Friday, October 30, 2015

Perfected by Kate Jarvik Birch

Perfection comes at a price.

As soon as the government passed legislation allowing humans to be genetically engineered and sold as pets, the rich and powerful rushed to own beautiful girls like Ella. Trained from birth to be graceful, demure, and above all, perfect, these “family companions” enter their masters’ homes prepared to live a life of idle luxury.

Ella is happy with her new role as playmate for a congressman’s bubbly young daughter, but she doesn’t expect Penn, the congressman’s handsome and rebellious son. He’s the only person who sees beyond the perfect exterior to the girl within. Falling for him goes against every rule she knows… and the freedom she finds with him is intoxicating.

But when Ella is kidnapped and thrust into the dark underworld lurking beneath her pampered life, she’s faced with an unthinkable choice. Because the only thing more dangerous than staying with Penn’s family is leaving… and if she’s unsuccessful, she’ll face a fate far worse than death.

For fans of Kiera Cass’ Selection series and Lauren DeStefano’s Chemical Garden series, Perfected is a chilling look at what it means to be human, and a stunning celebration of the power of love to set us free, wrapped in a glamorous—and dangerous—bow.

Rating: 1/5 stars

“I didn’t care about freedom. That’s not what I wanted. I just wanted Penn to look at me again under the silver moon while we danced, to take my hand in his and walk me through his magical garden once again.”

Perfected is a story set in a dystopian world where girls are bred to become pets of the high class. At sixteen years old, Ella is sold to a congressman to be the pet and playmate of his younger daughter, Ruby. Despite the promise of a life of comfort and being pampered by their masters, Ella will soon find out that the Pet’s situation is far from ideal and she’ll have to choose between the comfort she has always known and the freedom she never even considered as a possibility.

I started to read “Perfected” because I was granted access to its sequel, “Tarnished” through Netgalley. Unfortunately, I was unaware of the fact that there was another book before it (would it kill people to say “second in a trilogy” in the description??). So I picked up the first one in order to know what I was getting into and, if I’m being honest, had it not been for the fact that I still had that eARC, I would have DNFed this one very early on.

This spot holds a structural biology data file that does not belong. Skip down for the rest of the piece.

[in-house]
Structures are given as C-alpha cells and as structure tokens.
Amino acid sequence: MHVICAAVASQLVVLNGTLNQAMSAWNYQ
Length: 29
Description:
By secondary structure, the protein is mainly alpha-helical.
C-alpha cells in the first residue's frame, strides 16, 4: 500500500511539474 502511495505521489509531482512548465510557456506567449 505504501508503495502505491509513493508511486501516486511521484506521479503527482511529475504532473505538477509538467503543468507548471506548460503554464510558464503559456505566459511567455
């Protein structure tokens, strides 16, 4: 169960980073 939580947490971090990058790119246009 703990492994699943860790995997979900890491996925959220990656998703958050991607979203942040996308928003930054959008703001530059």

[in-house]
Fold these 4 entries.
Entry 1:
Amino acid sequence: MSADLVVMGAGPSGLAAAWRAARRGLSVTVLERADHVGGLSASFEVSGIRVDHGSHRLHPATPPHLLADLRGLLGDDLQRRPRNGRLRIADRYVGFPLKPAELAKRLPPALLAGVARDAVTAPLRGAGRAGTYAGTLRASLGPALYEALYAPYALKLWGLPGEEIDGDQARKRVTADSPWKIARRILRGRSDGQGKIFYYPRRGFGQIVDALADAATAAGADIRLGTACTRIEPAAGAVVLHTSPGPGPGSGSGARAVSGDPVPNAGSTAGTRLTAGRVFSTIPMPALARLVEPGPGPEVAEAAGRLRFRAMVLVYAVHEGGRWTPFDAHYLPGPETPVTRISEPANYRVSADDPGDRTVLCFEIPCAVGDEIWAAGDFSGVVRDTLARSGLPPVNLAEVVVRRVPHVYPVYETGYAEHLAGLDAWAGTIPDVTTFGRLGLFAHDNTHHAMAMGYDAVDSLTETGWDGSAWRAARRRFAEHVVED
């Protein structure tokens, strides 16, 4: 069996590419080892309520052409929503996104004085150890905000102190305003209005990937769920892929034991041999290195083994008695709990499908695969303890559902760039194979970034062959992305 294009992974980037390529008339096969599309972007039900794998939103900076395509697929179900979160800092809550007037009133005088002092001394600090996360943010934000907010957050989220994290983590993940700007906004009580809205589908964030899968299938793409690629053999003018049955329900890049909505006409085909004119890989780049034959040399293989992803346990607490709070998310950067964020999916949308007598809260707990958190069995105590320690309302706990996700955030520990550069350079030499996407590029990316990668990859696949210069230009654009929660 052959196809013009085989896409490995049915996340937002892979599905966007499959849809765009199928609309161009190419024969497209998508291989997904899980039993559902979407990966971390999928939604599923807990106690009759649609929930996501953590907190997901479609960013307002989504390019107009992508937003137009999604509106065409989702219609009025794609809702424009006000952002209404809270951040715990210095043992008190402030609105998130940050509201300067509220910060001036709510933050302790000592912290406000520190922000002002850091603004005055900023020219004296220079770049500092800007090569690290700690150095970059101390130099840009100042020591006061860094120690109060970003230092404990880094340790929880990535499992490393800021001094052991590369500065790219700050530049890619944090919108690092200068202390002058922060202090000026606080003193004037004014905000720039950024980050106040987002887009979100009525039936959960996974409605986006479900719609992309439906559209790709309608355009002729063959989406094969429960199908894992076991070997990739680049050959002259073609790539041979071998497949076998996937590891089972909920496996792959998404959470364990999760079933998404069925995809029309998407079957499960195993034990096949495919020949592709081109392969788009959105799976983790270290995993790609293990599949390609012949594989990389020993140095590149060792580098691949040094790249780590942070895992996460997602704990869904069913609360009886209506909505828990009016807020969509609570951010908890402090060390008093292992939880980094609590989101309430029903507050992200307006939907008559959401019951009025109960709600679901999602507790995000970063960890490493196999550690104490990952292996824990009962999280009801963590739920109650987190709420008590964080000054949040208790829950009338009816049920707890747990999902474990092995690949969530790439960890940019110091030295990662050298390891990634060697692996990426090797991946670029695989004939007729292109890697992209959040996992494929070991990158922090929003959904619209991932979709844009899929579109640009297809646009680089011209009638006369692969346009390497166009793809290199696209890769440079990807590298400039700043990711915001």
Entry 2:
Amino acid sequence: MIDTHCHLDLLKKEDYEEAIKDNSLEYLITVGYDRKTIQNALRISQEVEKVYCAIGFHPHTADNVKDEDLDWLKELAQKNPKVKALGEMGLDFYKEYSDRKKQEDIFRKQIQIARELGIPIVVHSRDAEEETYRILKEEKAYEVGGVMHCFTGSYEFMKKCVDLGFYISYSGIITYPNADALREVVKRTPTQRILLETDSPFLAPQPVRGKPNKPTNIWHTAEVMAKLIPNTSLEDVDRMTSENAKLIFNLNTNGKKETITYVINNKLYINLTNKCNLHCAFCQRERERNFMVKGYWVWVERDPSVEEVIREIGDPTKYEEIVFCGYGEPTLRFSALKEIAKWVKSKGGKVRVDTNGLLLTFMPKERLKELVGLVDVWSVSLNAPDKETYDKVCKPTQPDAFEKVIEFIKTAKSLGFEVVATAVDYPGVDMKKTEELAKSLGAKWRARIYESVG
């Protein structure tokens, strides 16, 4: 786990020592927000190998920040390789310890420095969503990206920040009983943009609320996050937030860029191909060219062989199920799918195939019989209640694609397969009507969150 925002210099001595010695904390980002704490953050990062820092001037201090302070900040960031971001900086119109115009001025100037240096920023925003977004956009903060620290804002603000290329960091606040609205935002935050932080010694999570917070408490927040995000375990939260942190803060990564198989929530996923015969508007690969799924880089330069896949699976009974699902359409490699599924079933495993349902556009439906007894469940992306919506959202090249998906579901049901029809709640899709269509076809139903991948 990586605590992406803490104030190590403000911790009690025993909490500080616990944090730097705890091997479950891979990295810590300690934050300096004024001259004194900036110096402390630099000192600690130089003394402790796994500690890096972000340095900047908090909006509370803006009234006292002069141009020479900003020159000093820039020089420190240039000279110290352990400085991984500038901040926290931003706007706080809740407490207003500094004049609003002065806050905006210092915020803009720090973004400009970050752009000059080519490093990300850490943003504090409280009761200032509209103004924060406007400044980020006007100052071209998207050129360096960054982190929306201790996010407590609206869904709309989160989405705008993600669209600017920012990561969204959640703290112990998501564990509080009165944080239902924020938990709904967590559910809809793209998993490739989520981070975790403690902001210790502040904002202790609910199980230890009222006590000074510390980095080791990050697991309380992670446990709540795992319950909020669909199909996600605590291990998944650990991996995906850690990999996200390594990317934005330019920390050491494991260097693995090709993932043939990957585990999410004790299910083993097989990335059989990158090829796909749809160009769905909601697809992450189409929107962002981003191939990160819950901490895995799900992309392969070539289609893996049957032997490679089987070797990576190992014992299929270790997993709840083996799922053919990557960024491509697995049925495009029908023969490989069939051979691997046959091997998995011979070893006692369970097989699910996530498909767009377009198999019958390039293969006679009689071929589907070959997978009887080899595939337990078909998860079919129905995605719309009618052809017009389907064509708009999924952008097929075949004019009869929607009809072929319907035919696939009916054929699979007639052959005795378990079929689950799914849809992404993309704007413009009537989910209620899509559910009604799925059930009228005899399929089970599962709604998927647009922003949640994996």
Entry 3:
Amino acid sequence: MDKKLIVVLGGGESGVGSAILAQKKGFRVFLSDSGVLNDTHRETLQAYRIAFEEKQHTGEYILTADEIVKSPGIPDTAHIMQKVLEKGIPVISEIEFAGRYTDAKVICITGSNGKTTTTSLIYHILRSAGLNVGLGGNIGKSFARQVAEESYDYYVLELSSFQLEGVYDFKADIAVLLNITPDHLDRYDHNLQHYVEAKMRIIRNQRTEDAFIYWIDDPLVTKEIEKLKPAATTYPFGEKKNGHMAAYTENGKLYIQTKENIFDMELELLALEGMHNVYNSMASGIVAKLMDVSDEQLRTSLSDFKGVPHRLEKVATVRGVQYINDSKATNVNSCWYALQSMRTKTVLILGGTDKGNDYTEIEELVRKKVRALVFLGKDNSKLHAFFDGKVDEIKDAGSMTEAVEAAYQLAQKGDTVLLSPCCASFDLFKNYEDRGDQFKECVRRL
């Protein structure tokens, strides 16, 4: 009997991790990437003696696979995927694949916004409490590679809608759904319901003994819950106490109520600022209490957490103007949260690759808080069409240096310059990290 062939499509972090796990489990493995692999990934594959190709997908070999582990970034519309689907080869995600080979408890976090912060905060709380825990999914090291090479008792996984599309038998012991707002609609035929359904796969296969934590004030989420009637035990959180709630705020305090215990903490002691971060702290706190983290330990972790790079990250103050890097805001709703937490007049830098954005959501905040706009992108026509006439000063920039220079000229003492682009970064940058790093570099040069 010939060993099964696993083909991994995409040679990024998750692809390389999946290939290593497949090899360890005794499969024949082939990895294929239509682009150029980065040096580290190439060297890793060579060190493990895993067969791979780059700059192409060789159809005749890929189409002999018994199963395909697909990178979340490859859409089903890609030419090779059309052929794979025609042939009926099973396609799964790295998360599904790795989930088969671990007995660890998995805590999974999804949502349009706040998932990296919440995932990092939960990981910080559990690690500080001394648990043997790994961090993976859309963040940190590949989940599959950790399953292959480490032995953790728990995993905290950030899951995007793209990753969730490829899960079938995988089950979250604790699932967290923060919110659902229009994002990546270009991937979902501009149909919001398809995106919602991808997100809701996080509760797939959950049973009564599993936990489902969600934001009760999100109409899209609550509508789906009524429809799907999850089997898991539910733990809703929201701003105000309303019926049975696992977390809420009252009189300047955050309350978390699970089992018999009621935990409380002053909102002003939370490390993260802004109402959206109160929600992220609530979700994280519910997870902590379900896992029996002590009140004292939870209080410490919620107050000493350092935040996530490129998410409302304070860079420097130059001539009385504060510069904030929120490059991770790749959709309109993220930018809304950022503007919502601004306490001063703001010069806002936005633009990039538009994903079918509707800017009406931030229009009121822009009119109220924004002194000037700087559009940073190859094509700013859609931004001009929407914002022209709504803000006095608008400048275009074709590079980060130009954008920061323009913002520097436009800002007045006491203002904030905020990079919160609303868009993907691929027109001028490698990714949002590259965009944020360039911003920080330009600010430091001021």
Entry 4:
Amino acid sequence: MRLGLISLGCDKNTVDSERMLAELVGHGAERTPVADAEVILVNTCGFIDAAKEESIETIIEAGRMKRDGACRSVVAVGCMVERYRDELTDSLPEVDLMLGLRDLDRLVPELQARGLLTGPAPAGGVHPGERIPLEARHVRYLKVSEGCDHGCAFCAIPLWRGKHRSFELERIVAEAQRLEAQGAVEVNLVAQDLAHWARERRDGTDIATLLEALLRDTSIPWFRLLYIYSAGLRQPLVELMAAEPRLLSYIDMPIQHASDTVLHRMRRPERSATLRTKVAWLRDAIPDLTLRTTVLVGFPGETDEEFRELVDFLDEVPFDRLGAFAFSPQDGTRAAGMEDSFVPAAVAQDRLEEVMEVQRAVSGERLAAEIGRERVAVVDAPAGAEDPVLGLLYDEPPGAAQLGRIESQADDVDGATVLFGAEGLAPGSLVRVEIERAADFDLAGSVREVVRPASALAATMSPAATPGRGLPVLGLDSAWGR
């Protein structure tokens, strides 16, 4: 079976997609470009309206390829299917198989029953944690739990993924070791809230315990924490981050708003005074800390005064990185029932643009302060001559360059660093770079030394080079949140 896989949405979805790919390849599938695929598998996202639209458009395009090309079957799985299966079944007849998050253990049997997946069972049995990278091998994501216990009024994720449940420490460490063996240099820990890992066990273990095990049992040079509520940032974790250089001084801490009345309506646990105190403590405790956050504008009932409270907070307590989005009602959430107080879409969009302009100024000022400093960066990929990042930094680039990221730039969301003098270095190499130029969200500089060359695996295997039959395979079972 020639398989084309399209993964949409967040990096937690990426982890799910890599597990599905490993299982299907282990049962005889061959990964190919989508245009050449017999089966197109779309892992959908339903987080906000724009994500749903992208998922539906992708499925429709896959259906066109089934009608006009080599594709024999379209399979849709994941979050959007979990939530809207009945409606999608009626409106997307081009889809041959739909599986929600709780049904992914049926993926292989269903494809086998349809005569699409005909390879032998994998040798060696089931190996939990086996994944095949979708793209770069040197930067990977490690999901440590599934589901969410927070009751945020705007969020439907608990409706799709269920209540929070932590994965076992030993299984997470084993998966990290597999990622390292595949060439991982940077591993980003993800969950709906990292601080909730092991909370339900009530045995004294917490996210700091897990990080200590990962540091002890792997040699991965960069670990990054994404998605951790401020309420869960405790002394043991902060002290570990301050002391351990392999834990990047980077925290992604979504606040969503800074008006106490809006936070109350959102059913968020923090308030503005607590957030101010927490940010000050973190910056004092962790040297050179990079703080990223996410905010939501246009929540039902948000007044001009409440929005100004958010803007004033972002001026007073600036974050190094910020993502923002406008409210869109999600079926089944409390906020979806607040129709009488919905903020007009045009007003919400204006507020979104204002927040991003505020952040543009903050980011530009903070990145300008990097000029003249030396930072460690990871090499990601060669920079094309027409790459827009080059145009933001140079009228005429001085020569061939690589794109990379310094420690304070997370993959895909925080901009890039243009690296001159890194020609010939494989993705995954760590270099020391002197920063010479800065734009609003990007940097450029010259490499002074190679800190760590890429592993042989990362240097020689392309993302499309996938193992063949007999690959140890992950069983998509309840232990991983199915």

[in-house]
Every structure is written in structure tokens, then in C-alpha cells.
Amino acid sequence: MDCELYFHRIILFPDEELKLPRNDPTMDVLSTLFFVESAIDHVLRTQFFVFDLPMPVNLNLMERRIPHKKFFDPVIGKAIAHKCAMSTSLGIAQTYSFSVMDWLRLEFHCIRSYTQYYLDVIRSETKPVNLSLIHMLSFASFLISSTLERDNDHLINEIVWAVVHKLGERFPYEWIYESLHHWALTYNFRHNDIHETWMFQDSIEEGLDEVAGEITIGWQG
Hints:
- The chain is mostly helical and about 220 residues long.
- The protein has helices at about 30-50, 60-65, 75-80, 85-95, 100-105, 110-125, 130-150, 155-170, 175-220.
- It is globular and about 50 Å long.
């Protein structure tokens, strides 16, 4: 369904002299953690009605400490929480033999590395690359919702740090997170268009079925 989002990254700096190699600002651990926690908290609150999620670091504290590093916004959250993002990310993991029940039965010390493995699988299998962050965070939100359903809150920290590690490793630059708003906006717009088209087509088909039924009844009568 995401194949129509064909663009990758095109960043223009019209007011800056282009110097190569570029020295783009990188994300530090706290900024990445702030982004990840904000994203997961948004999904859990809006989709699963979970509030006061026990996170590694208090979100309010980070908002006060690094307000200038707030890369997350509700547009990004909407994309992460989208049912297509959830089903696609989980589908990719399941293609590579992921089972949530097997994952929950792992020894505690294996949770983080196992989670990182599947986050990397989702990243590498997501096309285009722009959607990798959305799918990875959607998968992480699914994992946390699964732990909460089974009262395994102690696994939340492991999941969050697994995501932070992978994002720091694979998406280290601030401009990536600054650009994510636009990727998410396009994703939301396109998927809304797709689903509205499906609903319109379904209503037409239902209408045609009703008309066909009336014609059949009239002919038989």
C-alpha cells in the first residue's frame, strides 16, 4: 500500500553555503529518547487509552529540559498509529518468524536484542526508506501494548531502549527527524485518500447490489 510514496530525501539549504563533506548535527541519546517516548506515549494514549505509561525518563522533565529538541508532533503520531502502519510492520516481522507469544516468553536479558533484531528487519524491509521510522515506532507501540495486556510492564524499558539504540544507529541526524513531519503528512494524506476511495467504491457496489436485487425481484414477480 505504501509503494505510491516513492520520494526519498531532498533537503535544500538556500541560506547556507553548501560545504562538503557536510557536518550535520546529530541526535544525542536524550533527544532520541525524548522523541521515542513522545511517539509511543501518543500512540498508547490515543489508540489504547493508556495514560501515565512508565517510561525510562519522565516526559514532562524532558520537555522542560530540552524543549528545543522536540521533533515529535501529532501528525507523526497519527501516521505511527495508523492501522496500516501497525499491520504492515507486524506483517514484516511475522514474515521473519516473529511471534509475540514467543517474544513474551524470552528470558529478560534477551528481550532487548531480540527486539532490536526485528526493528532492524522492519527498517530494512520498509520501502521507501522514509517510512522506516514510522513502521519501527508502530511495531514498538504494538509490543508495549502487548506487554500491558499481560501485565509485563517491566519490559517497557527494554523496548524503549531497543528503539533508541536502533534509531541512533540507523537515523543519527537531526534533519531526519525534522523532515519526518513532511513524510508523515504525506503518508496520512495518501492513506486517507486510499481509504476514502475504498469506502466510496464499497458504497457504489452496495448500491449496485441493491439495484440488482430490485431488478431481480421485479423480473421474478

Perfected reminds me of The Selection by Kiera Cass and The Jewel by Amy Ewing in the sense that there are beautiful girls being, well… “selected” to become part of a higher class but nothing else really happens after that. There is no world-building, the characters are underdeveloped and they have no personalities or distinguishable traits, and there is basically no plot.

I still can’t believe how people can write books where nothing happens. You have an interesting premise here, people are bred and raised to be pets and all you do is have her admire dresses and fall in love with a guy she saw from a few feet away?

Ella was bred and raised to be a perfect pet. She’s quiet, obedient and has neither passions nor dreams besides serving her masters. She also has no feelings or opinions which was something that baffled me. Besides commenting on how lovely her dresses are, or that she likes playing the piano, we never really get a feeling from her. Never do we see “I’m happy that this happened this way” or “I’m so excited for this.” Nothing, her feelings are never there, she simply narrates what happens with no opinions or thoughts on her own.

It was not exciting to read from this girl’s point of view, because she didn’t have a point of view. She was not a character or a person, simply a narration that we were somehow supposed to root for.
As a pet, which is nothing but a fancy word for slave, I should want for Ella to be free, to have the chance at making her own decisions, to follow her own path instead of having to obey what other people tell her. They decide from what she looks like to when she’ll die and in the entire novel we never see Ella seeking for freedom, to escape her life as a pet. She’s happy being a slave.